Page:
The Environmental Protection Agency (EPA) has urged Haulage Drivers to abreast themselves with the type of chemicals they transport in a bid to protect themselves and the general public.
Mr Lovelace Sarpong, EPA Deputy Director who gave the advice said often the manufacturers, shippers, and end-users of the various chemicals knew the danger the products could pose if not handled well.
"But the haulage driver who serves as the link between them does not know its possible effects on the environment among others," he said.
Mr Sarpong gave the advice when speaking on the topic: "the risk factors and the precautionary measures to be adopted by Haulage Truck Drivers in the transportation of dangerous goods along the transit corridors" at a day's sensitization workshop organized by the Ghana Shippers' Authority (GSA) in Tema.
He said chemicals formed an integral part of people's lives but if not managed well could lead to a lot of troubles noting that, "it is important that you are trained before transporting chemicals otherwise you are a risk to yourself and others".
He stated that among the strategies to reduce the risk effect of chemicals to the barest was training, understanding of the classification of chemicals, documentation, and use of the appropriate container, emergency responses, and the reporting of accidents.
He added that every product being transported must have the needed placards indicating the chemical classification number, the UN number which is used to identify hazardous chemicals, among others.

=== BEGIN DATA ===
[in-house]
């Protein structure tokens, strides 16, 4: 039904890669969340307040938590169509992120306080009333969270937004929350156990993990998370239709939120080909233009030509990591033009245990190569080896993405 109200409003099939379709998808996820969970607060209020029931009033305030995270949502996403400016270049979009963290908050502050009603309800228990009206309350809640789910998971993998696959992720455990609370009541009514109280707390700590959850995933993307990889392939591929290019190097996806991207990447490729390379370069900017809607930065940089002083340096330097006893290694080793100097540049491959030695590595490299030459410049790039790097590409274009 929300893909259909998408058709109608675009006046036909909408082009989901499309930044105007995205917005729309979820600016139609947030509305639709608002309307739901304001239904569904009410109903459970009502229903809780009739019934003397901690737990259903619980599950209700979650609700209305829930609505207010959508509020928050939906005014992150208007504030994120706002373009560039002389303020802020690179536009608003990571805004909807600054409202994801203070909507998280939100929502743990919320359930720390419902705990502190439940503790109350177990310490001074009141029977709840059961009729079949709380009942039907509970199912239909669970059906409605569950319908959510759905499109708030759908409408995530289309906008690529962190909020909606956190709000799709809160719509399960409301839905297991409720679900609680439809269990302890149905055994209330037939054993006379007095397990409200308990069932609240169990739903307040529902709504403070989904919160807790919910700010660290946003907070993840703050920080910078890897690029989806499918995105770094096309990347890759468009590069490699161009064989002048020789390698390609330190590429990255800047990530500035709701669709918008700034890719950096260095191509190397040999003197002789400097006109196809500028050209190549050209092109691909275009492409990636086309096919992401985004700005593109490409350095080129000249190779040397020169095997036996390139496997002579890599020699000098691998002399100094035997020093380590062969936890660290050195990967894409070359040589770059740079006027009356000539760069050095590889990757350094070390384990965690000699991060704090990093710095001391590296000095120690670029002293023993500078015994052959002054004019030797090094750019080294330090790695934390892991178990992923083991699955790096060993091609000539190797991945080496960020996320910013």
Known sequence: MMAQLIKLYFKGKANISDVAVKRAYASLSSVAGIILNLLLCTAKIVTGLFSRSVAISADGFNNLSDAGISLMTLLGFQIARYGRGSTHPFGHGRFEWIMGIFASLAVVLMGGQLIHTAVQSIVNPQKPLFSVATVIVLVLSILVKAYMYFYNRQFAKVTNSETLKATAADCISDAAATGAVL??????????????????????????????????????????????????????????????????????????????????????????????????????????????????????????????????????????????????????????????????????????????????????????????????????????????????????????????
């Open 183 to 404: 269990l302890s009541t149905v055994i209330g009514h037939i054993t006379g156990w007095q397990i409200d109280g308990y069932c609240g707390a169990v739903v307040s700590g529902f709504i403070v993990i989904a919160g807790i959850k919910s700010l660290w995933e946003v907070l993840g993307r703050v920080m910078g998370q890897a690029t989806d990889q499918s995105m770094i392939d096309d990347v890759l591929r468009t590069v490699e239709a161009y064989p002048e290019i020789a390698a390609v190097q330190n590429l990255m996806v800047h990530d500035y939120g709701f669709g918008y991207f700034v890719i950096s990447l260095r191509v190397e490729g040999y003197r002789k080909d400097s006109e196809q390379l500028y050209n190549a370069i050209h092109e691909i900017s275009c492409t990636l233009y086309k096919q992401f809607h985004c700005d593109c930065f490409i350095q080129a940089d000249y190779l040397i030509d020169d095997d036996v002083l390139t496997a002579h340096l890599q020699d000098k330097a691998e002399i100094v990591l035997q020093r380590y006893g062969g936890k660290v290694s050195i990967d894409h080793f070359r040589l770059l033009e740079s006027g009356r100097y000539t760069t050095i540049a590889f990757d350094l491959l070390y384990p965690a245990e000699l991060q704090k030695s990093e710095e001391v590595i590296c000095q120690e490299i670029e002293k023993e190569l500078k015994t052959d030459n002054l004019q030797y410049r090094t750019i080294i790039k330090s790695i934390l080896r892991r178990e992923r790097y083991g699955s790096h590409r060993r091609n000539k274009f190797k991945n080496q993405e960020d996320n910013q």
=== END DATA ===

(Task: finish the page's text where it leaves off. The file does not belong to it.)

Mr Sarpong explained that such numbers help emergency officials who might attend to victims in case of accident to know what chemical they were handling and how to treat persons who might have been exposed to it.
He also urged shippers to use the right containers for the specified and acceptable chemicals saying, "if you put a chemical in the wrong container, you increase the risk of exposure".
The Deputy EPA Director also encouraged Haulage Drivers to report any emergencies or near-miss when transporting chemicals indicating that it was very important to report all near misses to help them improve on responses during such occurrences.
Touching on chemical classifications he said class one is explosives, class two is for gases, class three and class four respectively are flammable/combustible liquids, and flammable solids.
He added that oxidizing substances, organic peroxides belonged to class five saying such substances when exposed to heat would lead to burning.
Class six chemicals include toxic and infectious substances such as poisons, while radioactive materials and corrosive materials belonged to class seven and eight respectively, and class nine takes care of miscellaneous.
Ms Benonita Bismarck, Chief Executive Officer of the Ghana Shippers' Authority, in a speech read on her behalf stated that dangerous goods such as acids, fertilizers, chemical products, petroleum products among others posed risks to human safety, property, and the environment if accidentally released during transportation.
Ms Bismarck added that it was therefore important that beyond government efforts at regulating the transportation of hazardous cargo, regular sensitization of key stakeholders such as the Haulage Drivers to serve as risk prevention and mitigation measures.